New Tax Rules in the EU Will Wipe Out Amazon’s Tax Loophole
According to the Luzme ebook blog (and on an official EU website), European web retailers are going to have to change how they collect VAT for electronic services (this includes ebooks) sold to EU customers. The retailer is now going to have to charge customers based on where the customer lives, and not where the retailer operates.
That is going to make things more complicated for a lot of small businesses by requiring that they track and collect numerous tax rates, but it is also going to eliminate one of Amazon’s advantages in the European ebook markets.
As you probably know, Amazon has been running their EU ebook operations out of Luxembourg so they could take advantage of the low tax rate that the Grand Duchy collected on ebooks and digital services. Luxembourg only collects a 3% VAT on digital services like ebooks – far less that the 15% to 20% tax rate found in most EU member countries. This tax rate is in fact low enough that it has been described as illegal under EU regulations, though I don’t know that any action has been taken against Luxembourg.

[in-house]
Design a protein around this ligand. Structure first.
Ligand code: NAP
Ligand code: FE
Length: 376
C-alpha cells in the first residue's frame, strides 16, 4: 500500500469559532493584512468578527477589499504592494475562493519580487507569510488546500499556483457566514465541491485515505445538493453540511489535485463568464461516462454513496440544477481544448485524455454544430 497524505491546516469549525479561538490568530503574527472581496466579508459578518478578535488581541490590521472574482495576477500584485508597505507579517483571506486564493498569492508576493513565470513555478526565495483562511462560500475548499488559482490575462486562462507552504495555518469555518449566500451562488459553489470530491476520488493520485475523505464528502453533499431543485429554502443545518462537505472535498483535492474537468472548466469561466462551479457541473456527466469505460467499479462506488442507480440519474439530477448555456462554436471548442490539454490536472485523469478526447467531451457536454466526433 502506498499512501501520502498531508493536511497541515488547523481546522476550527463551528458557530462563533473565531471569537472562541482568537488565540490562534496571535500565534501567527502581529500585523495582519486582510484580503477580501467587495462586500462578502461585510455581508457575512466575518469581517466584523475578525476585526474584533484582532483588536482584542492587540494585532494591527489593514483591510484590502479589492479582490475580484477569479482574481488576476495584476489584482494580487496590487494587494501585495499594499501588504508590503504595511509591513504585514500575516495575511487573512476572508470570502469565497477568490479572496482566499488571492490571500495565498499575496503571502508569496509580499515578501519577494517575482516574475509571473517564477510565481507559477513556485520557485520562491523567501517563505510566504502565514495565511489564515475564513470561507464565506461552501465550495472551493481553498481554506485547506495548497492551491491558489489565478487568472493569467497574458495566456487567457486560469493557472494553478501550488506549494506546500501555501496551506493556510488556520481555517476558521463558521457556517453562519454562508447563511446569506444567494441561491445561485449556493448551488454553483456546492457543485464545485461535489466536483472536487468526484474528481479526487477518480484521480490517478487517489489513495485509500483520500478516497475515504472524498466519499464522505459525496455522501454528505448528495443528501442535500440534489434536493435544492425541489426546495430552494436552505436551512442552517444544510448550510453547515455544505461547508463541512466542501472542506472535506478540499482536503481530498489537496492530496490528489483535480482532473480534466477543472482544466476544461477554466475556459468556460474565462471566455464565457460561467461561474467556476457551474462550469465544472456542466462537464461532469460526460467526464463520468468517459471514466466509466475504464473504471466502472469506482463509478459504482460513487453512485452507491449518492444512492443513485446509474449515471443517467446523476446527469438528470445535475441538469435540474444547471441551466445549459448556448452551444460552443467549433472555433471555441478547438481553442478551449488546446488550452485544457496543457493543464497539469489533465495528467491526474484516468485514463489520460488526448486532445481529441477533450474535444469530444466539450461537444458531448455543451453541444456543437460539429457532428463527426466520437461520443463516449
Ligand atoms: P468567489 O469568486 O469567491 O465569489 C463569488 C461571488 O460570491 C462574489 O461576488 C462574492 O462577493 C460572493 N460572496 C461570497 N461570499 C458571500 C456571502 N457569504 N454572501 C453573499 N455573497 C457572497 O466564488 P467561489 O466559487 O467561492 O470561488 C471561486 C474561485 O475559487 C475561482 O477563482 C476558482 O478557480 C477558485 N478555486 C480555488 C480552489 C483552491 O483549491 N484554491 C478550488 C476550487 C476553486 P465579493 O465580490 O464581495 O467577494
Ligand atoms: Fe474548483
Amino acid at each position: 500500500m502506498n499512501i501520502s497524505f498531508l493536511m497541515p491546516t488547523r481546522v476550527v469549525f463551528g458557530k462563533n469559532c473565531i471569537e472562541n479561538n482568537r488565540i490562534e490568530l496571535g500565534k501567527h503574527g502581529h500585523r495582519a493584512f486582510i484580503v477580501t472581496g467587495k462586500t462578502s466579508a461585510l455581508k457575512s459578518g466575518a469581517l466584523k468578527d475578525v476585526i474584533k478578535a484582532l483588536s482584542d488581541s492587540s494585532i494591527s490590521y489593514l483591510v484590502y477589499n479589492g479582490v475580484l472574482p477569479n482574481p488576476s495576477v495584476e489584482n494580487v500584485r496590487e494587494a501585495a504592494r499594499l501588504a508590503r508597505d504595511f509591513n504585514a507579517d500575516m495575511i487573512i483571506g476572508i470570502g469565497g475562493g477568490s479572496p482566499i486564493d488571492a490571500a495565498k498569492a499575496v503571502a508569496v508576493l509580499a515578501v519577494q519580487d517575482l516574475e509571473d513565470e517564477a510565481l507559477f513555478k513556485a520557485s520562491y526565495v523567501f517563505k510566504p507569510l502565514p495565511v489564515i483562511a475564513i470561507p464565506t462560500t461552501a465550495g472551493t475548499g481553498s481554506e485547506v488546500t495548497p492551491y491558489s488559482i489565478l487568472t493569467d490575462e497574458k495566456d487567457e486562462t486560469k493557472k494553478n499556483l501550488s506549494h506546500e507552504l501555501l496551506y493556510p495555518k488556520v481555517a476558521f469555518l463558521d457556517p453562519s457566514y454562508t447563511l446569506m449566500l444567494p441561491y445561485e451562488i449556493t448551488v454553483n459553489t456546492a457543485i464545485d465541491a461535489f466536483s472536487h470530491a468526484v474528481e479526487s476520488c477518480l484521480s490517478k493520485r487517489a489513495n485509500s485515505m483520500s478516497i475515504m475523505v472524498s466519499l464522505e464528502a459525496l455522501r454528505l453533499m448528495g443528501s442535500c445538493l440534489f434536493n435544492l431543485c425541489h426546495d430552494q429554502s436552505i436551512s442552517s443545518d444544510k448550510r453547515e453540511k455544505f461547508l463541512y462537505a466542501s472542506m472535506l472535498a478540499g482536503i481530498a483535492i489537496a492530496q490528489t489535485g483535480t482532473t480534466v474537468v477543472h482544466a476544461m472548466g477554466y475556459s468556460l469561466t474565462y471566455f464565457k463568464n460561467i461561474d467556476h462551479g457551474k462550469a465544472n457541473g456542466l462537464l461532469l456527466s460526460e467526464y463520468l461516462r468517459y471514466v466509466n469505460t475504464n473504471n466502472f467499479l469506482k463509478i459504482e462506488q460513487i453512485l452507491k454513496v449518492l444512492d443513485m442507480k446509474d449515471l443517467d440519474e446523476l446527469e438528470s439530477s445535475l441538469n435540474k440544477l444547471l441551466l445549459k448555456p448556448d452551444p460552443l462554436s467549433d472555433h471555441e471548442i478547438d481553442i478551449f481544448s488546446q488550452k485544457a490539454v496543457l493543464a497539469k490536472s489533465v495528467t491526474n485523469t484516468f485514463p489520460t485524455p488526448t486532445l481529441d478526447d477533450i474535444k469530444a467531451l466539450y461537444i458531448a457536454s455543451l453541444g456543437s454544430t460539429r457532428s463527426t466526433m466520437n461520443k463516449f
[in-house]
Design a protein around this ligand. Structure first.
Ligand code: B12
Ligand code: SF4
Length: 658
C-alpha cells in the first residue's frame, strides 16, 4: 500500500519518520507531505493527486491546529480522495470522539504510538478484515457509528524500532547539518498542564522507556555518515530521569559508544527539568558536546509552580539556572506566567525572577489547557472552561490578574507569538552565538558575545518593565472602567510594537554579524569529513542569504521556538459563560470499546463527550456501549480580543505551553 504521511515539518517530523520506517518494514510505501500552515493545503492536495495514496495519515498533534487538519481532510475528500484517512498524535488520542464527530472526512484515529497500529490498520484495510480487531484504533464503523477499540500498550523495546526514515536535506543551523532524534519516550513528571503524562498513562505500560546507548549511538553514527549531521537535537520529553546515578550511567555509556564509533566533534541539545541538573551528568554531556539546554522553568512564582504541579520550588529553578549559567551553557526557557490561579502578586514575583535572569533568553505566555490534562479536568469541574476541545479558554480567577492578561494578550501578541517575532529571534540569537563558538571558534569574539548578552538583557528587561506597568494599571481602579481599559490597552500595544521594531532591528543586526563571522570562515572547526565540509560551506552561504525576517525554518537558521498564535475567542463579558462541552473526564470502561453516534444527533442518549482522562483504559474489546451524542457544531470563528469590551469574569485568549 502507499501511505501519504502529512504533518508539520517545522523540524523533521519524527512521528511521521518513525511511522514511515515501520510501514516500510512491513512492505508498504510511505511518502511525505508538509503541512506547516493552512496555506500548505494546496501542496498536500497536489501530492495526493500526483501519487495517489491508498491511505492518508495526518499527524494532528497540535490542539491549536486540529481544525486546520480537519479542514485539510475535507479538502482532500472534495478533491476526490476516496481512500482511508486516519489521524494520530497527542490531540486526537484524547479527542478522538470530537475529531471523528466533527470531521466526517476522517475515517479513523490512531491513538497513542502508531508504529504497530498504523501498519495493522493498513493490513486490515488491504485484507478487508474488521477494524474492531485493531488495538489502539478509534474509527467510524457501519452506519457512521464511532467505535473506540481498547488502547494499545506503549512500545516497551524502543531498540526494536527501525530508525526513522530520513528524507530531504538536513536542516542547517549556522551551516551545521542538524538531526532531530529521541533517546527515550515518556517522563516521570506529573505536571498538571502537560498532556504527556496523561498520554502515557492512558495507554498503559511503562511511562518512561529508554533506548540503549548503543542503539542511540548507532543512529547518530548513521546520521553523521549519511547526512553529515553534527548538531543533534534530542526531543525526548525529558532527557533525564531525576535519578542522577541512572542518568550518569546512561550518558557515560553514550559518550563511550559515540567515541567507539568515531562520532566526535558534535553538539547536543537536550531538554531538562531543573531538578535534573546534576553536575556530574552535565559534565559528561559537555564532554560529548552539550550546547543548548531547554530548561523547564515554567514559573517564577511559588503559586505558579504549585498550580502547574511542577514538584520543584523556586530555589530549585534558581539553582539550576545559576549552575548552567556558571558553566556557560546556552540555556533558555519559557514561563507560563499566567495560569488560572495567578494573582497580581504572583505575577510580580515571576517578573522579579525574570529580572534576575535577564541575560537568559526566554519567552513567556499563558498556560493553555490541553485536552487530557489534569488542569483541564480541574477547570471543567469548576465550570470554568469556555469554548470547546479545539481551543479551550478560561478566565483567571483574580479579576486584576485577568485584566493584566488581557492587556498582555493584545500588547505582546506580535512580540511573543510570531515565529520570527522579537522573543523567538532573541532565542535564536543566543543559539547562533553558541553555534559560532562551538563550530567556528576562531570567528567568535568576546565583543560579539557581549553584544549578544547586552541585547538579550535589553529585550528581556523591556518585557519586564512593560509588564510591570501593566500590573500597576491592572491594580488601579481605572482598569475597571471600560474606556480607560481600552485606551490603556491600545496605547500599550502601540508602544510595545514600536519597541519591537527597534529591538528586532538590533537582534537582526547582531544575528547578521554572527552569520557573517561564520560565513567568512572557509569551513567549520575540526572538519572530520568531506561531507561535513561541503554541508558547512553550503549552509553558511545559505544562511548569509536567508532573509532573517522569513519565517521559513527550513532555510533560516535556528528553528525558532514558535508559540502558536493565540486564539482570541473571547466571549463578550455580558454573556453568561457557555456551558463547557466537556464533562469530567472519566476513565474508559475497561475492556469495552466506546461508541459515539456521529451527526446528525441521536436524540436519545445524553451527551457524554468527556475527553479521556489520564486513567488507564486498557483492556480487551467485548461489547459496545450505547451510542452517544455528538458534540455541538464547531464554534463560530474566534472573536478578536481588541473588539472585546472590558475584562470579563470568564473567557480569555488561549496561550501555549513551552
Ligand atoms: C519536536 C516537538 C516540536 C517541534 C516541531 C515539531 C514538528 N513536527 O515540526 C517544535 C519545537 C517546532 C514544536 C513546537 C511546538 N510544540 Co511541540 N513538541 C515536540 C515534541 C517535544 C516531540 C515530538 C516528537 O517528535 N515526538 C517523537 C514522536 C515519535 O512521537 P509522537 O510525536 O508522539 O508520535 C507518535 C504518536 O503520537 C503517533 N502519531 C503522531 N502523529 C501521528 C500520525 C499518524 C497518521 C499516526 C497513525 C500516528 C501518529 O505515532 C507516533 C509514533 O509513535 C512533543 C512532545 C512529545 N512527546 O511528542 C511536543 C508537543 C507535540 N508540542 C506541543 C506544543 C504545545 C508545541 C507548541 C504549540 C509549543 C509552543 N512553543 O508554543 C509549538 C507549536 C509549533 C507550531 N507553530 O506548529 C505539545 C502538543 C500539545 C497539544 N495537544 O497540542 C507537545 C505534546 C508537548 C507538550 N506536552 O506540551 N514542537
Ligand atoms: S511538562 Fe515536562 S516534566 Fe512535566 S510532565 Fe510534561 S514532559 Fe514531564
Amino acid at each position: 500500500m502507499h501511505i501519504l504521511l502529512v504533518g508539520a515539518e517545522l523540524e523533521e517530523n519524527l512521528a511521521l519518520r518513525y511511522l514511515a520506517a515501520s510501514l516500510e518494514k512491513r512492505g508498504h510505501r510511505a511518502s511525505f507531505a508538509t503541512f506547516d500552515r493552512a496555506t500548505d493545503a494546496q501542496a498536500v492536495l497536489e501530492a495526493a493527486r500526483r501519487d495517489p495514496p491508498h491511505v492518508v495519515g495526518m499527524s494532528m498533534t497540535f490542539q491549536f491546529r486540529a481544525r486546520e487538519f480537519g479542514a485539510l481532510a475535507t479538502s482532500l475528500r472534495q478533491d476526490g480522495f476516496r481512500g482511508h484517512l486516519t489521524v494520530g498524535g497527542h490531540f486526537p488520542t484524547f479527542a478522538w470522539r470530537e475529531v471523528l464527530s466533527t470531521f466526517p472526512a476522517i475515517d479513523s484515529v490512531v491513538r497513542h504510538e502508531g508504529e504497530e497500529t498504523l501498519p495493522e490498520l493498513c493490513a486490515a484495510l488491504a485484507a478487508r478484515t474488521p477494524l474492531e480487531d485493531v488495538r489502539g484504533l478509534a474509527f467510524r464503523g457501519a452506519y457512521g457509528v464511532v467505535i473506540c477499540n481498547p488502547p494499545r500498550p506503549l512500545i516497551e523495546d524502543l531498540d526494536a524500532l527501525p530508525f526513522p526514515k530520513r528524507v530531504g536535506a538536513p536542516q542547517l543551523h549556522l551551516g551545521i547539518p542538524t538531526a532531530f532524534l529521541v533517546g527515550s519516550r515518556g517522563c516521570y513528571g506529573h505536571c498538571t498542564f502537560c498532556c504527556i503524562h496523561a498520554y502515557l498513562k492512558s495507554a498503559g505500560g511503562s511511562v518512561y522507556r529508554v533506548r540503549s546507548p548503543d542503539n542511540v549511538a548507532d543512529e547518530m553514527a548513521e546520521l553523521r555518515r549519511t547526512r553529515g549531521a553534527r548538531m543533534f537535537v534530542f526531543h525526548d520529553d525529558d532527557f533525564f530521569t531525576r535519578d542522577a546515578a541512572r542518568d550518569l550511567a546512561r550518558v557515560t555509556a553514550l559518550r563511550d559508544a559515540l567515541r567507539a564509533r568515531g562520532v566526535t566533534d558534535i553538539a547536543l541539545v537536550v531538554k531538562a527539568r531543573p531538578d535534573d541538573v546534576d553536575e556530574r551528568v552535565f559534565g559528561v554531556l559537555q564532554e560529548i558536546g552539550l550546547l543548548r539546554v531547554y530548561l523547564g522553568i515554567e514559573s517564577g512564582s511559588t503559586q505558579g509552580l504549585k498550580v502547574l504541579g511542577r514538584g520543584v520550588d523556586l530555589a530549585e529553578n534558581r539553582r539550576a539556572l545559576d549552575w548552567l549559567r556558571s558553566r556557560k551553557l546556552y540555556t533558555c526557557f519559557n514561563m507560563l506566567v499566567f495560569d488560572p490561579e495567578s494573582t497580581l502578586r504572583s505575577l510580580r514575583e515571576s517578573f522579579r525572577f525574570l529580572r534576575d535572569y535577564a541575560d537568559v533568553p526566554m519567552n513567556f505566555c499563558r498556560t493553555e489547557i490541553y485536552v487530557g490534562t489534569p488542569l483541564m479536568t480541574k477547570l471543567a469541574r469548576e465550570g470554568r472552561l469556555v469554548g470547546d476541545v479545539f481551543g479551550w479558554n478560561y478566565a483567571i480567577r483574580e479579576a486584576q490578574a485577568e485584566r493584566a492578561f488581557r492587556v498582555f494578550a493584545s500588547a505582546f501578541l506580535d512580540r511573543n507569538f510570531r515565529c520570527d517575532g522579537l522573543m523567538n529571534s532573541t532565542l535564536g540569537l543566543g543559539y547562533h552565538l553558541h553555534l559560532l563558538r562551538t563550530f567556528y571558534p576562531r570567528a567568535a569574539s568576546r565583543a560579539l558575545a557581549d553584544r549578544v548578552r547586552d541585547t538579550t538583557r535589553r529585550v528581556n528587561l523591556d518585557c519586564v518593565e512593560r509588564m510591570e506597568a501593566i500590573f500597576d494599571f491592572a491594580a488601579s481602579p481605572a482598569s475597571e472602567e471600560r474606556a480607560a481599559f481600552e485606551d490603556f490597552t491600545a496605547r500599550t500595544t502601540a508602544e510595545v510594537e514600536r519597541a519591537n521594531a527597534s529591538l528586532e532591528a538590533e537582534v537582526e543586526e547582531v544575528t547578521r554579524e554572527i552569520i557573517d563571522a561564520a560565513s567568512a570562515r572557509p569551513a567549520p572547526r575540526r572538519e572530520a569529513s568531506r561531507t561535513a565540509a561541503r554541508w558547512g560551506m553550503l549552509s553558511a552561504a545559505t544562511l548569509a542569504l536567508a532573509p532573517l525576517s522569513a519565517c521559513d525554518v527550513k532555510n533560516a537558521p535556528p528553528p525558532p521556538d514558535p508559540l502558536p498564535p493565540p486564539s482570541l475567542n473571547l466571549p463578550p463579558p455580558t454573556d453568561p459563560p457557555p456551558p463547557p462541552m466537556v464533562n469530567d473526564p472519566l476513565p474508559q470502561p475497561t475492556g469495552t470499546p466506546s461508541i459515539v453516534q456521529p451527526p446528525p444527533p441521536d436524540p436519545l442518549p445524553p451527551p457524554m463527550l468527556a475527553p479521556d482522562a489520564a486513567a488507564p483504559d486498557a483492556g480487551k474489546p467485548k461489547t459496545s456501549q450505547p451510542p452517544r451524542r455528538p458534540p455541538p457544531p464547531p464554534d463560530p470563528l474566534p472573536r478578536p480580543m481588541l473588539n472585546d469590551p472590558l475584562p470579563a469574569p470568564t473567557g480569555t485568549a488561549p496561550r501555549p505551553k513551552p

Amazon has been taking advantage of that tax loophole for a couple years now, and so have a number of other companies including Kobo, Apple, Google Play, Bilbary, etc. If the new rules take effect then they all will lose this advantage in another 15 months.
TBH I’m not sure Amazon will be impacted all that much; they’ll just pass the costs along to customers. But Amazon’s smaller competitors might feel the weight of extra paperwork. Luzme reflected on this, and they raised several good points:
And at the end of the VAT quarter, do we pay those amounts separately to each countries’ equivalent of our HMRC? Or pay it just to the UK HMRC? Who knows? Apparently, full guidance on this hasn’t been issued yet. Which makes it rather hard to implement…
What madness is this! Wasn’t the point of the EU to make it easier to do business with each other? not more complicated?
In which case, why have they decided to make it so much easier for a non-EU company to sell into the EU market; than for someone to do it from within?